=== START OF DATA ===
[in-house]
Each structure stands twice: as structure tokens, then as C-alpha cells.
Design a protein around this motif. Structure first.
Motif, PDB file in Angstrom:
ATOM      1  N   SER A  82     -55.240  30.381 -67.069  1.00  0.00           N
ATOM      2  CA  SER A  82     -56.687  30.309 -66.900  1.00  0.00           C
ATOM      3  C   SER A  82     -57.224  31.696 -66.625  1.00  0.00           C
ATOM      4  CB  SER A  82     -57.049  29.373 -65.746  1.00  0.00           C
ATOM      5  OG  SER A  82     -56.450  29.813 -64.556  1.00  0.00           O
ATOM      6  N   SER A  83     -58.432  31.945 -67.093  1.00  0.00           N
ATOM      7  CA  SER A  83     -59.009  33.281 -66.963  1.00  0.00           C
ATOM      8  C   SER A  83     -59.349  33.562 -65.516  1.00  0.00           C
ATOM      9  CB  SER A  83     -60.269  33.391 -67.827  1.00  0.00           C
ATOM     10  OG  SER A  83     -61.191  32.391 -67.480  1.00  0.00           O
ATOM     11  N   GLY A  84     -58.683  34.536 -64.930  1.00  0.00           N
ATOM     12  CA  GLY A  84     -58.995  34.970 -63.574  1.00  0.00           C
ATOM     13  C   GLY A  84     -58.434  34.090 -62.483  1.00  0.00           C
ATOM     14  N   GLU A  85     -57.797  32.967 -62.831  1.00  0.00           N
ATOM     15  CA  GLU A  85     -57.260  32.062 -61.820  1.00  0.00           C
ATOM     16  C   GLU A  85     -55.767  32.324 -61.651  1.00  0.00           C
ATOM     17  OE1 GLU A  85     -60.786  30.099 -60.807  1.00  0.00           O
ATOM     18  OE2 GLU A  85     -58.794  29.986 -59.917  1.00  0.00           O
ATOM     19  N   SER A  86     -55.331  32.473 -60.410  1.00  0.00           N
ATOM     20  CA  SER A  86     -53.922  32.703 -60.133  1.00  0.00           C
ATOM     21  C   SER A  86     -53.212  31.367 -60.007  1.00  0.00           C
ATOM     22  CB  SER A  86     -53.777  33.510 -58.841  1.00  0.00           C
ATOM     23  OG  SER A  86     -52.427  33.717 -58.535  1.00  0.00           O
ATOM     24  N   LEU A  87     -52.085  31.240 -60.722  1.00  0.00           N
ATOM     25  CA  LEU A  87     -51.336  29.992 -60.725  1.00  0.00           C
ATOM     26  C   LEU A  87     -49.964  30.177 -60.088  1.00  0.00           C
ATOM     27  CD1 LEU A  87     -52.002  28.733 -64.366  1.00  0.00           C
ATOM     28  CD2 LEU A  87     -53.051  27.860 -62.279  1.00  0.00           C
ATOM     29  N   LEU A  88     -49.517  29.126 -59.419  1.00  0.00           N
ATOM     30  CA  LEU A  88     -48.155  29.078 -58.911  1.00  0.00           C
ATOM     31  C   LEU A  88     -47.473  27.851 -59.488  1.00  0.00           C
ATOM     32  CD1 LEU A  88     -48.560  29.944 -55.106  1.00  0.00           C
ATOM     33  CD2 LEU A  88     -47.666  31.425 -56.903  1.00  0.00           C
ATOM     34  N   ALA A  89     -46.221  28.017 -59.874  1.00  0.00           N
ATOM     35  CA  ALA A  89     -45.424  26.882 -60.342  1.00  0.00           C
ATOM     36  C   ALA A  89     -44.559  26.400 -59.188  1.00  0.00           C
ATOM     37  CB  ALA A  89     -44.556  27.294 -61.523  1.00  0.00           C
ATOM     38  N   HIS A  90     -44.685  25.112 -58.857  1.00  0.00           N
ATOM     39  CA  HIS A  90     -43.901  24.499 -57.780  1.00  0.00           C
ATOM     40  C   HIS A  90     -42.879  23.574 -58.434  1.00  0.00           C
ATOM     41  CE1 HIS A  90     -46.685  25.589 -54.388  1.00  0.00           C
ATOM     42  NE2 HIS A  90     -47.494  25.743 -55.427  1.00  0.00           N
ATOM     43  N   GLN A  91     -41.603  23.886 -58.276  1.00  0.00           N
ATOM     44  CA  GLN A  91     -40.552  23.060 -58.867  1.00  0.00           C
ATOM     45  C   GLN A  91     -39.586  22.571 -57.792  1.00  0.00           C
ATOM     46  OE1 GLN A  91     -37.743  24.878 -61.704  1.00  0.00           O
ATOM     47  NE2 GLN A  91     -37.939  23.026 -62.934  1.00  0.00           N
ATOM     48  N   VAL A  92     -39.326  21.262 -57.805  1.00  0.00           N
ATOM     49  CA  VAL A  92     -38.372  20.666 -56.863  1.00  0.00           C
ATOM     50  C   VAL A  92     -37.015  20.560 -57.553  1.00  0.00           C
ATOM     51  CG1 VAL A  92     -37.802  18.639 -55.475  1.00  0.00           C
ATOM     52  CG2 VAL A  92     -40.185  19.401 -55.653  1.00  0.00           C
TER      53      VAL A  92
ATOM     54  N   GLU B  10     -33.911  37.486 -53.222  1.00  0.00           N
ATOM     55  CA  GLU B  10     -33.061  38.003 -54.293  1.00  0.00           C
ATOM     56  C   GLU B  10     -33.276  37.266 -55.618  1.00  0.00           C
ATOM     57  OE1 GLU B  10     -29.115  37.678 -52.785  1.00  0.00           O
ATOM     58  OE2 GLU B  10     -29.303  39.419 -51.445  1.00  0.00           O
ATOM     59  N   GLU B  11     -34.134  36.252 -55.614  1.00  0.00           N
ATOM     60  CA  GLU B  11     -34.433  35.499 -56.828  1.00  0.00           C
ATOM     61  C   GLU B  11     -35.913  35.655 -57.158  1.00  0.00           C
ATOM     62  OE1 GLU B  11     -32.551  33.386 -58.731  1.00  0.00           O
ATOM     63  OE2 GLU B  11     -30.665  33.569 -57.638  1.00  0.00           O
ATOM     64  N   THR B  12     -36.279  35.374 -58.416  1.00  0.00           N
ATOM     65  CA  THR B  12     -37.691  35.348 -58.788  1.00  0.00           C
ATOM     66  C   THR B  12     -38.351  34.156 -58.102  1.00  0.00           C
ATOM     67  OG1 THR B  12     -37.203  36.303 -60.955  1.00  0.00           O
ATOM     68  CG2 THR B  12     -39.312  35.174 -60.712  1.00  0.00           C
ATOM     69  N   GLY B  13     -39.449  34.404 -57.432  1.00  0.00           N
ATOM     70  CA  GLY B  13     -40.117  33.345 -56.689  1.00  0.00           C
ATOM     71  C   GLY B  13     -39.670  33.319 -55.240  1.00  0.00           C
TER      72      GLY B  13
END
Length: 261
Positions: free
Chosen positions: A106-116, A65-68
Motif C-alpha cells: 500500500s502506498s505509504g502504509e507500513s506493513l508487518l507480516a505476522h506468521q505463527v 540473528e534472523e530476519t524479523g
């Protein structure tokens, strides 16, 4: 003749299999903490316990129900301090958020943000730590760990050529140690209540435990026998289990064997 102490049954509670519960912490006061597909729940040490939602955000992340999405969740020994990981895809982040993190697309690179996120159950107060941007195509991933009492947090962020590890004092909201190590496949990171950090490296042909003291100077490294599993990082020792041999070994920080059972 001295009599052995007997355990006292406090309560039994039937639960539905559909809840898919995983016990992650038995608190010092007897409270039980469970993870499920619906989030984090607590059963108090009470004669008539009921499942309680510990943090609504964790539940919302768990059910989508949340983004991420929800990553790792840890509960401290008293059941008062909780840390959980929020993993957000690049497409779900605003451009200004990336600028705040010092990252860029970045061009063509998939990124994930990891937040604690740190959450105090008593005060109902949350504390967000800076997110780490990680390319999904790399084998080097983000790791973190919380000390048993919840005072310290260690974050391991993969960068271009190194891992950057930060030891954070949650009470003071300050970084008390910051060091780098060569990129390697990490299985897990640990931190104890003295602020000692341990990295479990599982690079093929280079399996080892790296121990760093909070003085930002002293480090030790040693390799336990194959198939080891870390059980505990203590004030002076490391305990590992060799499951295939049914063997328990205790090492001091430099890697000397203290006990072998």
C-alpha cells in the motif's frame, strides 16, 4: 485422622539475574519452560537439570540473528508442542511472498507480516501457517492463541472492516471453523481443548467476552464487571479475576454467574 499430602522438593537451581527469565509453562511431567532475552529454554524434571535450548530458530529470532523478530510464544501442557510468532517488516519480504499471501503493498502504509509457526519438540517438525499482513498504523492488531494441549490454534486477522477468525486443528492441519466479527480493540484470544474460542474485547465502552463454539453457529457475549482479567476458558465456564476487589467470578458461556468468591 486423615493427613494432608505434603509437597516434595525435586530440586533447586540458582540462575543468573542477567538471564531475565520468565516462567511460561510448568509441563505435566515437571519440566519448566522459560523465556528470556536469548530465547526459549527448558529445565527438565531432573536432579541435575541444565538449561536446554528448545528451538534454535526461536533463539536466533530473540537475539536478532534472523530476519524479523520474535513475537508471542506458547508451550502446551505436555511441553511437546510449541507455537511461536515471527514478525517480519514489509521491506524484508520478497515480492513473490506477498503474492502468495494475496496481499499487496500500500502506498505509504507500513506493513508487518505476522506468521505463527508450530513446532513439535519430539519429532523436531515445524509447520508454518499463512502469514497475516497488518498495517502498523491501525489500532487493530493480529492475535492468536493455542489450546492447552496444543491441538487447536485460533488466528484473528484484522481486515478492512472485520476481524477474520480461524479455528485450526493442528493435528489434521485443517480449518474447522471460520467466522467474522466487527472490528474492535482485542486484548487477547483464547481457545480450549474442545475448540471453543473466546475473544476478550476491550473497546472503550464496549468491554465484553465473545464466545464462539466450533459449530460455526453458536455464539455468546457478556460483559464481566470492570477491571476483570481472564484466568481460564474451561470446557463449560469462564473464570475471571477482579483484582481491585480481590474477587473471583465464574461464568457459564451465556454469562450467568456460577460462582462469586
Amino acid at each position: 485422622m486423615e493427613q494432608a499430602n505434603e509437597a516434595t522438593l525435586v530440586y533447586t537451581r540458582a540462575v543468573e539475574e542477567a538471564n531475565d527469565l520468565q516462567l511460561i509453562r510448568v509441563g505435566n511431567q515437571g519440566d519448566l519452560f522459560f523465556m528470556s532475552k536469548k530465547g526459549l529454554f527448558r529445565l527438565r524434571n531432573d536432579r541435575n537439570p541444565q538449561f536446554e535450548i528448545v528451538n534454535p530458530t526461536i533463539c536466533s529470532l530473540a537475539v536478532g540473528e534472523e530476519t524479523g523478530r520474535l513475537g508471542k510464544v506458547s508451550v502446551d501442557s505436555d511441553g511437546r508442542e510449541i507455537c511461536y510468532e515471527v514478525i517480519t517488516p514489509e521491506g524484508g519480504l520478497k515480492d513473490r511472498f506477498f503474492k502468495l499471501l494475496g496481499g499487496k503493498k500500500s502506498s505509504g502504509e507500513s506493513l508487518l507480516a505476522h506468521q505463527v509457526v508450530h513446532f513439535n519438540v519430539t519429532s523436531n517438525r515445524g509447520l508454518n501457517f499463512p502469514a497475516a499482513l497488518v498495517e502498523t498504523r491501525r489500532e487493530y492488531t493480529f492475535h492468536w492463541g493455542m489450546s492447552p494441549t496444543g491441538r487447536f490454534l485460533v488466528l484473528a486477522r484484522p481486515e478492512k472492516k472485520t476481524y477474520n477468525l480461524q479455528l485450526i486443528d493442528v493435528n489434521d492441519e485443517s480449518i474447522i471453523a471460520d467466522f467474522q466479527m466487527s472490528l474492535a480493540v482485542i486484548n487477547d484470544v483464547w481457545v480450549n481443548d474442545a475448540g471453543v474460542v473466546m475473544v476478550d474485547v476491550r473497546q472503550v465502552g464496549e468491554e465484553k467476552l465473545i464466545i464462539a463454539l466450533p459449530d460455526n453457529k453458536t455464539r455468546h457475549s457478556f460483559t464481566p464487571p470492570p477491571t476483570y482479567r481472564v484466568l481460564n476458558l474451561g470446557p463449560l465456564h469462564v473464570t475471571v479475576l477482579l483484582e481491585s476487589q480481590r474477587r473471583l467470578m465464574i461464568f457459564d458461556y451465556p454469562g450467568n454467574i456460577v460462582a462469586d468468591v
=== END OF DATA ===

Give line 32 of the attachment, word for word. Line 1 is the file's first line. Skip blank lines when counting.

ATOM     28  CD2 LEU A  87     -53.051  27.860 -62.279  1.00  0.00           C